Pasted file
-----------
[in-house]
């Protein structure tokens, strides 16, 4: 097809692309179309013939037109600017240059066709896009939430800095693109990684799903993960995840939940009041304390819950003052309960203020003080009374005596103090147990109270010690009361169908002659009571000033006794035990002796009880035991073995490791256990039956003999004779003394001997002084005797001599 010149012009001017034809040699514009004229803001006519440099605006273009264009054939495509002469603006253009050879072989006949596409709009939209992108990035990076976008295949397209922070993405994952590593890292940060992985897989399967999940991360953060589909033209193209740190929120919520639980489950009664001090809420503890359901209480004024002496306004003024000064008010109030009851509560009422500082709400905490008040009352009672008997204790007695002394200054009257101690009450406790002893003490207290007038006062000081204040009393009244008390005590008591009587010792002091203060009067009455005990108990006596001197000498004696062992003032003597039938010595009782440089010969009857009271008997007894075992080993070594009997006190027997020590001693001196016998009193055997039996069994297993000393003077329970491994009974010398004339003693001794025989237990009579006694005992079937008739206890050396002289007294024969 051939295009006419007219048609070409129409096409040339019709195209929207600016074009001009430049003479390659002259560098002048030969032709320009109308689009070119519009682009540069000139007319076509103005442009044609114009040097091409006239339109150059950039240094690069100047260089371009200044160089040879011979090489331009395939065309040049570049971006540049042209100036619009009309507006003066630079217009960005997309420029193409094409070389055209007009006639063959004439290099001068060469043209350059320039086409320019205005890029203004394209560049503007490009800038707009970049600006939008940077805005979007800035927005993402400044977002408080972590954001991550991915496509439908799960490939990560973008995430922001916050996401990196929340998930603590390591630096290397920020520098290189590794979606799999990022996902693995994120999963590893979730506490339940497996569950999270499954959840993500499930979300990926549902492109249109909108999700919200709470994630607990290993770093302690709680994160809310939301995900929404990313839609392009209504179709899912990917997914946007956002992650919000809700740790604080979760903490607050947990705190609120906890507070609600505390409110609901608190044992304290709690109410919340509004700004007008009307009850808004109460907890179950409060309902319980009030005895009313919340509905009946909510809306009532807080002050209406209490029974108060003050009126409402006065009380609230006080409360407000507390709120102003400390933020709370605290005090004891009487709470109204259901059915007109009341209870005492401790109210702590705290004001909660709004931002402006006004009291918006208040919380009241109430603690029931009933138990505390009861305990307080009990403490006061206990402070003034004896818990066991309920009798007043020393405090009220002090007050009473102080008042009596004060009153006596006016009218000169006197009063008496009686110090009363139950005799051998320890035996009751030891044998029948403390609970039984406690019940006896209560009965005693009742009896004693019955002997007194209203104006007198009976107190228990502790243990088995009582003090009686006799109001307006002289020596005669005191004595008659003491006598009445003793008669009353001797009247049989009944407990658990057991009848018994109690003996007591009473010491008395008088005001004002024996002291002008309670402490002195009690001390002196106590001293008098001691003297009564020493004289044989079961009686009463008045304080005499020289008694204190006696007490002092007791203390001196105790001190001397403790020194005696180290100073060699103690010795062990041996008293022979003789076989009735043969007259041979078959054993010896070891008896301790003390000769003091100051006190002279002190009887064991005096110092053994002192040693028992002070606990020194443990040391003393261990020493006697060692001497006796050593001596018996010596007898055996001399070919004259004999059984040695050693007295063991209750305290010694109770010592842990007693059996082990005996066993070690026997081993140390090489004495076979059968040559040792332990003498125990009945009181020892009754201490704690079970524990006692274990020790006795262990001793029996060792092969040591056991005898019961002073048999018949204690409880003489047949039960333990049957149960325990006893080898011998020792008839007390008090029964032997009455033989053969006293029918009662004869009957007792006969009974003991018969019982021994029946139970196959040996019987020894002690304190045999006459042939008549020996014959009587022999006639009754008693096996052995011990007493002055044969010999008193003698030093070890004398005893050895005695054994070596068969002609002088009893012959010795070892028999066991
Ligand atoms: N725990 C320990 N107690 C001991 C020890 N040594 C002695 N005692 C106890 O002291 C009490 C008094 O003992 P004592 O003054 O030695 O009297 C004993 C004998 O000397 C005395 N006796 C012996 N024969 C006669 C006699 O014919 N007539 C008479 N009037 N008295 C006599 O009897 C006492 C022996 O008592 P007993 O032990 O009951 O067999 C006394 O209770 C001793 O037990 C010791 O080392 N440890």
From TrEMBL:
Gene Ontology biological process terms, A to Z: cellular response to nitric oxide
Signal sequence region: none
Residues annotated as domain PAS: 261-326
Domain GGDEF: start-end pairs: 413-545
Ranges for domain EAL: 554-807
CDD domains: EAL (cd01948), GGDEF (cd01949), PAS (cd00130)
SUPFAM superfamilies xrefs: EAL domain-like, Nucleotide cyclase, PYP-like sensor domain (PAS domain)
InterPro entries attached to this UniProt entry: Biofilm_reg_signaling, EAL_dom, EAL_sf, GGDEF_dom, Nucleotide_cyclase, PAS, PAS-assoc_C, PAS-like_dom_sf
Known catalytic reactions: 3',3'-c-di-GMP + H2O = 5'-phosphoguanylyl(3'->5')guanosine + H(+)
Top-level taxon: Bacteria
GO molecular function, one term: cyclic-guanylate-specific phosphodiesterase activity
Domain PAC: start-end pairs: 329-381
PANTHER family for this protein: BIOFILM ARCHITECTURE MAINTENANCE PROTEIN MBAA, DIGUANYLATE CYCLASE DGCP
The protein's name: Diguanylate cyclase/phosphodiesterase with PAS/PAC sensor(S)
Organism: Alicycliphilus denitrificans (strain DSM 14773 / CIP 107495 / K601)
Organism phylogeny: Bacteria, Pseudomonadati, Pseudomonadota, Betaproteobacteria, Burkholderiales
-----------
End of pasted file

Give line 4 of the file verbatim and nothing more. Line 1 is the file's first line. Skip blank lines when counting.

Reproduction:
From TrEMBL: